Generate a zip archive of the distribution.


Generate a compressed tar archive of the distribution.

The rule dist (and its historical synonym dist-all) will create archives in all the enabled formats, Changing Automake’s Behavior. By default, only the dist-gzip target is hooked to dist.

15 Support for test suites

Automake supports three forms of test suites, the first two of which are very similar.

15.1 Simple Tests

If the variable TESTS is defined, its value is taken to be a list of programs or scripts to run in order to do the testing. Programs needing data files should look for them in srcdir (which is both an environment variable and a make variable) so they work when building in a separate directory (see Build Directories in The Autoconf Manual), and in particular for the distcheck rule (see Checking the Distribution).

For each of the TESTS, the result of execution is printed along with the test name, where PASS denotes a successful test, FAIL denotes a failed test, XFAIL an expected failure, XPASS an unexpected pass for a test that is supposed to fail, and SKIP denotes a skipped test.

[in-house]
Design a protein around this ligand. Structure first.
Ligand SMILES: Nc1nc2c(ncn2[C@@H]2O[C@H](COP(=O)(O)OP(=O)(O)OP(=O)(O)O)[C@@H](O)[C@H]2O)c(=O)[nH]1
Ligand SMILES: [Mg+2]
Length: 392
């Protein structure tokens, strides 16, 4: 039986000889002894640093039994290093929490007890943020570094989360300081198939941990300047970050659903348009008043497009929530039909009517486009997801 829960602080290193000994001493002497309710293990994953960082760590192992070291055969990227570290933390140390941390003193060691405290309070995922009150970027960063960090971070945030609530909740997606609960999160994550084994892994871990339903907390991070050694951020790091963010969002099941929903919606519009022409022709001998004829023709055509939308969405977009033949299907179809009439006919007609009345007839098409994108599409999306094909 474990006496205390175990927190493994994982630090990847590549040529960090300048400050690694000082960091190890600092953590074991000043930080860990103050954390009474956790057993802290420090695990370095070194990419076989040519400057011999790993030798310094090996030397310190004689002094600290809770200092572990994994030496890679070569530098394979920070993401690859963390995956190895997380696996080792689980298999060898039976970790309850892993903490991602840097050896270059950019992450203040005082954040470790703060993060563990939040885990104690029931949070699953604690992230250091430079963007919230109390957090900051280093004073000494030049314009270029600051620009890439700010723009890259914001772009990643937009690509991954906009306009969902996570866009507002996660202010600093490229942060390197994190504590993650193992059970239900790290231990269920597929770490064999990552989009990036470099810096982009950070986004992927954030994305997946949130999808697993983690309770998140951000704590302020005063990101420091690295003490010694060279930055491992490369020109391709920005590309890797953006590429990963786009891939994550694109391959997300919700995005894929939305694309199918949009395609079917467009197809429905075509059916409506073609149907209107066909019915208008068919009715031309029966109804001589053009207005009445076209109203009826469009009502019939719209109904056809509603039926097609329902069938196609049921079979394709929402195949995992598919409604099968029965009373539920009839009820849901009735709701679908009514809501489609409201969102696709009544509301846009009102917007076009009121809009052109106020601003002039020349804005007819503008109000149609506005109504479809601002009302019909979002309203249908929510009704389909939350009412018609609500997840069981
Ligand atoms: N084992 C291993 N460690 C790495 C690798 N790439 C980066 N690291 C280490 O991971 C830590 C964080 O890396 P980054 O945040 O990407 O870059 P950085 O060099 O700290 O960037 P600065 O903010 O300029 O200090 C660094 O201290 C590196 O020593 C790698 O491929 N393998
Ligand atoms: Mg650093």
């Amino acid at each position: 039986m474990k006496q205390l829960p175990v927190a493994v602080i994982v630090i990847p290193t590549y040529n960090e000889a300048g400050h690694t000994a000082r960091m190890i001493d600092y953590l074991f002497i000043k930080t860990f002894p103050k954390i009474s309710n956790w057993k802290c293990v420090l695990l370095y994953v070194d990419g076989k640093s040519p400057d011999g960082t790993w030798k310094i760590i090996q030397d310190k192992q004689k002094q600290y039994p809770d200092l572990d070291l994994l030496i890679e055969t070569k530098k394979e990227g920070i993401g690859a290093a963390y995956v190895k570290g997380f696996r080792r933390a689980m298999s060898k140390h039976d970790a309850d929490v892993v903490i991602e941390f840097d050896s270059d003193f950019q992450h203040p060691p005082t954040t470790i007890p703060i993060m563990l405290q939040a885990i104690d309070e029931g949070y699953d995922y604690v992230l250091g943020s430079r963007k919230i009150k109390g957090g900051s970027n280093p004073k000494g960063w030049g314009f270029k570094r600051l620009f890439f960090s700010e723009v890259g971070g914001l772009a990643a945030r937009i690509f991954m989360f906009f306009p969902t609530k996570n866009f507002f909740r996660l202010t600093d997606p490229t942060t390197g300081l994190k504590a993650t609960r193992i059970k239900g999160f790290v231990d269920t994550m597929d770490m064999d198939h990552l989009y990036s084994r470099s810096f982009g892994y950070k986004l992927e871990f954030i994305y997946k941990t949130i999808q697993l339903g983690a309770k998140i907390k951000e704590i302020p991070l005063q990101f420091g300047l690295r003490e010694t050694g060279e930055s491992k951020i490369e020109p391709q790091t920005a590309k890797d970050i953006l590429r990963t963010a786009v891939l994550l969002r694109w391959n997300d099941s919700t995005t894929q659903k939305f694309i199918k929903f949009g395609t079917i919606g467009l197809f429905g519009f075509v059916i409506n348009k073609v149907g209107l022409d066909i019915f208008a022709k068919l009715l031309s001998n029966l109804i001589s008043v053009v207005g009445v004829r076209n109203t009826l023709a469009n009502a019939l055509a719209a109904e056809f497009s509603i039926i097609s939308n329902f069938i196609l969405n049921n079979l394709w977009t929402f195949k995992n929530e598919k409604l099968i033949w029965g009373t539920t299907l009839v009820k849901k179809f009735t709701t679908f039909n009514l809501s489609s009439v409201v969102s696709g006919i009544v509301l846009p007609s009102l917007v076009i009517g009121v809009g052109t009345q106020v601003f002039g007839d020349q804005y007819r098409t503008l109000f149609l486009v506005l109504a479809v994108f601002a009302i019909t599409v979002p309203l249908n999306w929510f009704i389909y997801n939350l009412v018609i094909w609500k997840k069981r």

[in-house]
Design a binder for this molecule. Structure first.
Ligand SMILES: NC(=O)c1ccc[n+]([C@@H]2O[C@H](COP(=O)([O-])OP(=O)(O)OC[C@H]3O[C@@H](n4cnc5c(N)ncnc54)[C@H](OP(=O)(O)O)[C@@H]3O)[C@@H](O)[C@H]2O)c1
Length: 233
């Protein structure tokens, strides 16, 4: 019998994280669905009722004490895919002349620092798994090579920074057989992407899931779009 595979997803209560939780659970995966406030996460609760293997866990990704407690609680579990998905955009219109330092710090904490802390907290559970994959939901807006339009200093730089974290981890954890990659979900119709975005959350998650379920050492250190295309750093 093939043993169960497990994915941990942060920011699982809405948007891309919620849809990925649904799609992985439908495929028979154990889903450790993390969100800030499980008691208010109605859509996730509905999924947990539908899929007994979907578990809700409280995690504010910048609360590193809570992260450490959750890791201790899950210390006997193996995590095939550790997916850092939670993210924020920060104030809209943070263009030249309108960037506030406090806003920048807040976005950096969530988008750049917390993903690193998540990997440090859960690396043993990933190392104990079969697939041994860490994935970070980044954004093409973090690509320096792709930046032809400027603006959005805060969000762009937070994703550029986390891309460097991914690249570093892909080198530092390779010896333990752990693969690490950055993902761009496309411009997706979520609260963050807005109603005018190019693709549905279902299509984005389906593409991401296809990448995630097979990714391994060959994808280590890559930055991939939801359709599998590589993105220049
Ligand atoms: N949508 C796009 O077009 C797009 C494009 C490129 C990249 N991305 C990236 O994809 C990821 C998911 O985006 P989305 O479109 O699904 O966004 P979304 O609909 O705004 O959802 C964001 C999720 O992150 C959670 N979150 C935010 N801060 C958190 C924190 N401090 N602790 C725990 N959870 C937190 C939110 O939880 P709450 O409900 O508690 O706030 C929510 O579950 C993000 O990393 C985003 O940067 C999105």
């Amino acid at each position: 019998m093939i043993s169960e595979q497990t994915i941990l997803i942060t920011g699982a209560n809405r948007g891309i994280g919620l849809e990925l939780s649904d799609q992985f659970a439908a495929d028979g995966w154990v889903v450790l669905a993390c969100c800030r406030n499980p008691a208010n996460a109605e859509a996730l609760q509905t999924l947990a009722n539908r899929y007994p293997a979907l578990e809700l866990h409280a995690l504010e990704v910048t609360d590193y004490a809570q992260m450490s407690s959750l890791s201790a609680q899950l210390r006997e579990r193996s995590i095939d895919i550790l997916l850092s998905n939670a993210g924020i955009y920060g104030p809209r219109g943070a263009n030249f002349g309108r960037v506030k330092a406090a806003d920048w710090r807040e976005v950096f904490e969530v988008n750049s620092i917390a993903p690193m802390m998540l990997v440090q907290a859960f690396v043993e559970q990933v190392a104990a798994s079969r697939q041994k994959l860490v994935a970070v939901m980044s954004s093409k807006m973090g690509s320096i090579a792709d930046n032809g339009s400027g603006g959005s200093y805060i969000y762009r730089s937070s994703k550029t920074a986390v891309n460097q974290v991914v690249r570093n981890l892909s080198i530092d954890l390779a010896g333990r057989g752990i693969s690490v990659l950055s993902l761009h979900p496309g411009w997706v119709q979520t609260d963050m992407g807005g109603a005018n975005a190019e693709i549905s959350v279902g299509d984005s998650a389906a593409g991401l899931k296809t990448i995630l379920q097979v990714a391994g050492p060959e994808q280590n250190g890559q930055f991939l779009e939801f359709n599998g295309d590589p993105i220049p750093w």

The number of failures will be printed at the end of the run. If a given test program exits with a status of 77, then its result is ignored in the final count. This feature allows non-portable tests to be ignored in environments where they don’t make sense.

If the Automake option color-tests is used (see Changing Automake’s Behavior) and standard output is connected to a capable terminal, then the test results and the summary are colored appropriately. The user can disable colored output by setting the make variable ‘AM_COLOR_TESTS=no’, or force colored output even without a connecting terminal with ‘AM_COLOR_TESTS=always’.

Note that the semantics of some make implementations when used in parallel mode (see Parallel make in The Autoconf Manual) can cause the automatic detection of a connection to a capable terminal to fail. In that case, you can still resort to the use of ‘AM_COLOR_TESTS=always’.

The variable TESTS_ENVIRONMENT can be used to set environment variables for the test run; the environment variable srcdir is set in the rule. If all your test programs are scripts, you can also set TESTS_ENVIRONMENT to an invocation of the shell (e.g. ‘$(SHELL) -x’ can be useful for debugging the tests), or any other interpreter. For instance, the following setup may be used to run tests with Perl: